WHEREAS Alberta Transportation, through legislation, maintains control of all signs within the limits of the right-of-way of any provincial highway; and
WHEREAS the Alberta Transportation development control zone includes 300 metres on either side of a controlled highway, or within 800 metres of a highway intersection; and
WHEREAS The Public Highways Development Act and the Highways Development and Protection Regulation do not allow private or commercial signs to be constructed without a permit in the development control zone; and
WHEREAS Alberta Transportation relies on municipalities to use municipal bylaws to enforce non-compliant signs; and
WHEREAS application of municipal bylaws to address sign enforcement issues is not consistent amongst jurisdictions; and
WHEREAS The Highway Development and Protection Regulation is currently not being applied consistently by Alberta Transportation between urban and rural municipalities when applications for electronic signs are received;
THEREFORE BE IT RESOLVED that the Alberta Association of Municipal Districts and Counties request that Alberta Transportation enforce third party sign regulations within the development control zone;
FURTHER BE IT RESOLVED that the Alberta Association of Municipal Districts and Counties request that Alberta Transportation provide all municipalities with the sole authority to permit and regulate electronic signs that are within the Alberta Transportation development control zone.
Alberta Transportation and municipalities share jurisdiction to regulate privately owned signs within the development control zone along rural highways. The Public Highway Development Act and the Highway Development and Protection Regulation sets out Alberta Transportation’s requirements for development while the land use bylaw guides and regulates development within municipalities.
Alberta Transportation does not enforce illegal signs within the development control zones of controlled rural provincial highways.
Alberta Transportation has not treated urban sign approvals consistently with rural sign requests. For example, on the Queen Elizabeth Highway 2, Alberta Transportation has implied consent for electronic signs within the development control zone in urban municipalities, but has refused permit requests within rural jurisdictions. Individual municipalities should have the authority to determine what types of signs and the number of signs that is appropriate for their municipality.
No changes are being requested to the rules and regulations regarding other types of signs or developments within the Alberta Transportation development control zone.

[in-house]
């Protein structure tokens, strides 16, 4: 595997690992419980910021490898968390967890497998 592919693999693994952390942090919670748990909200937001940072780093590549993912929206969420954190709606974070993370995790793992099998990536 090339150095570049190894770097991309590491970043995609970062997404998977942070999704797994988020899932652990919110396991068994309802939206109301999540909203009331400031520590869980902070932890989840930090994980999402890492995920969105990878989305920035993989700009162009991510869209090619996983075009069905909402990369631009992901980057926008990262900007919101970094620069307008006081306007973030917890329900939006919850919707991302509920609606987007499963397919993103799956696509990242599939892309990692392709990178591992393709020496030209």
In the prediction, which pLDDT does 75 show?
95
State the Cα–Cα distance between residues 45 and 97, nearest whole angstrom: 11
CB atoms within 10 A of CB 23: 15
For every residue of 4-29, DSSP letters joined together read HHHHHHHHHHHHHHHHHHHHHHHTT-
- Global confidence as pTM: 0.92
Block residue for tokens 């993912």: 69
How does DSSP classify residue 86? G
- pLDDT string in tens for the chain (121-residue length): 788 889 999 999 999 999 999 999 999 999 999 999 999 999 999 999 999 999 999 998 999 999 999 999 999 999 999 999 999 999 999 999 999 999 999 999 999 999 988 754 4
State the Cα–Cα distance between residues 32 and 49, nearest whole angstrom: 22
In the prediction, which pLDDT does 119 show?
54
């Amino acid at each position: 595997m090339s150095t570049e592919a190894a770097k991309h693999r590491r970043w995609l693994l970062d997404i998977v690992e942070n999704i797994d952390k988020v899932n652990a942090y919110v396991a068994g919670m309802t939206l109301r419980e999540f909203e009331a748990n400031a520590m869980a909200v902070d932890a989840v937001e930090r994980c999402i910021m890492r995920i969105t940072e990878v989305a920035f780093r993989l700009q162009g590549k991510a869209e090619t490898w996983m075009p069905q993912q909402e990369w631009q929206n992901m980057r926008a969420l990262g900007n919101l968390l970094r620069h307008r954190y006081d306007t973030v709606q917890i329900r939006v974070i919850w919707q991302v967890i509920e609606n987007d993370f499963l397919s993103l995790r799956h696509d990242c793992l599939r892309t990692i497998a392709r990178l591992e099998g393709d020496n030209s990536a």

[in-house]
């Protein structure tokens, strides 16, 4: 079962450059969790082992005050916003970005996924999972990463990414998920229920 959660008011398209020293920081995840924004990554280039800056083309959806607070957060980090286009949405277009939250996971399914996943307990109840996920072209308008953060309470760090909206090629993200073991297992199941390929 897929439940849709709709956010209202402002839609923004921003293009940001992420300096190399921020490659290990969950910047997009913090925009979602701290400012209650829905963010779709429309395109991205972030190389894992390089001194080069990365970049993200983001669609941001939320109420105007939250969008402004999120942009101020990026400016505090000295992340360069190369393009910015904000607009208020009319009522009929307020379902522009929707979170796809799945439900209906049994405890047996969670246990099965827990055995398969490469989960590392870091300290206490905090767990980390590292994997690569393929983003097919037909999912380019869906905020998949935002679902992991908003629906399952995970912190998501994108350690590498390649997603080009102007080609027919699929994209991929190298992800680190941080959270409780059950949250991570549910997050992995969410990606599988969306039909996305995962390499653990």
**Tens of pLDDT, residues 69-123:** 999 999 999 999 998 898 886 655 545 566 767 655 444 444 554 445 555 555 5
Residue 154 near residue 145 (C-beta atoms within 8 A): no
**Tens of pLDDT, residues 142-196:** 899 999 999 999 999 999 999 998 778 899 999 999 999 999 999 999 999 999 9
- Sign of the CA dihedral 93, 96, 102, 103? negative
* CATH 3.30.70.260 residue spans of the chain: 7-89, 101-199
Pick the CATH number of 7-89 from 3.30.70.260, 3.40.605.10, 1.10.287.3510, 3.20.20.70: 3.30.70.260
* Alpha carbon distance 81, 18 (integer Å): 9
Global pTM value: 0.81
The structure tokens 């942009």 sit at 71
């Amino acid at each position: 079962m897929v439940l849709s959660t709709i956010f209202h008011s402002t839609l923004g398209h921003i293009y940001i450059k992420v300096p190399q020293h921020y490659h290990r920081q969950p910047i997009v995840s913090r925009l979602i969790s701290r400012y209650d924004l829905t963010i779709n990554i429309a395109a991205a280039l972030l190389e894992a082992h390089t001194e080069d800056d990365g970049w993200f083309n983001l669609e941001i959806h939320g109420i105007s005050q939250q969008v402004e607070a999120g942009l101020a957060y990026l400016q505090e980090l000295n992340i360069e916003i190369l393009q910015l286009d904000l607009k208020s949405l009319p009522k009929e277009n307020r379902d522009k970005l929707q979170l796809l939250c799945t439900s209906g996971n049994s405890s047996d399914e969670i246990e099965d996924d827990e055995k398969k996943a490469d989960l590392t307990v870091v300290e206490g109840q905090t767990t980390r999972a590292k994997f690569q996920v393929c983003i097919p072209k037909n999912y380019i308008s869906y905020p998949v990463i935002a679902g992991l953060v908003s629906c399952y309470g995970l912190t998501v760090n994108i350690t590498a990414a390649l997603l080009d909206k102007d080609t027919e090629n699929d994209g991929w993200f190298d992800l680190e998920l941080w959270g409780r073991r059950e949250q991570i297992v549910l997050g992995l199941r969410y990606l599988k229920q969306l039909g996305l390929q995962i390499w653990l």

General Provisions for Installing Private Signs Within the highway Right-of-Way
Public Highways Development Act
Highways Development and Protection Regulation
General Instructions for Sign Installation Near a Provincial Highway
The AAMDC has no active resolutions directly related to this issue.
Transportation: Alberta Transportation has worked with stakeholders on the management of roadside signs to find a balance between protection of the public’s interest along provincial highways, supporting rural businesses, and reflecting the desires of local governments. This complex issue cannot be solved quickly, and the Government of Alberta (GOA) is not prepared to support this resolution’s recommendation without wider consultation with all parties involved.
Any future changes to the management of roadside signs will be based on a plan treating all Albertans fairly and equitably.
Regarding management of electronic message signs, the GOA will continue to follow a cautious path, only allowing electronic message signs in places that limit the distraction to drivers.
The Government of Alberta response to this resolution indicates that there is limited interest in addressing municipal concerns with unlicensed third-party signage within development zones. RMA hopes that the Government of Alberta reviews these regulations to ensure they properly balance the interests of businesses, municipalities and road users and would look forward to participating in such a process. At a recent meeting with RMA, the Minister of Transportation committed to examining the issue in more detail and following up with RMA on possible solutions.
In April 2018, RMA and Alberta Transportation staff met to discuss the highway signage issue further. RMA and Alberta Transportation plan to collaborate in developing solutions to this issue in the spring of 2018. Based on this commitment from Alberta Transportation, this resolution is assigned a status of Accepted in Principle, and the RMA looks forward to collaborating on the issue with Alberta Transportation.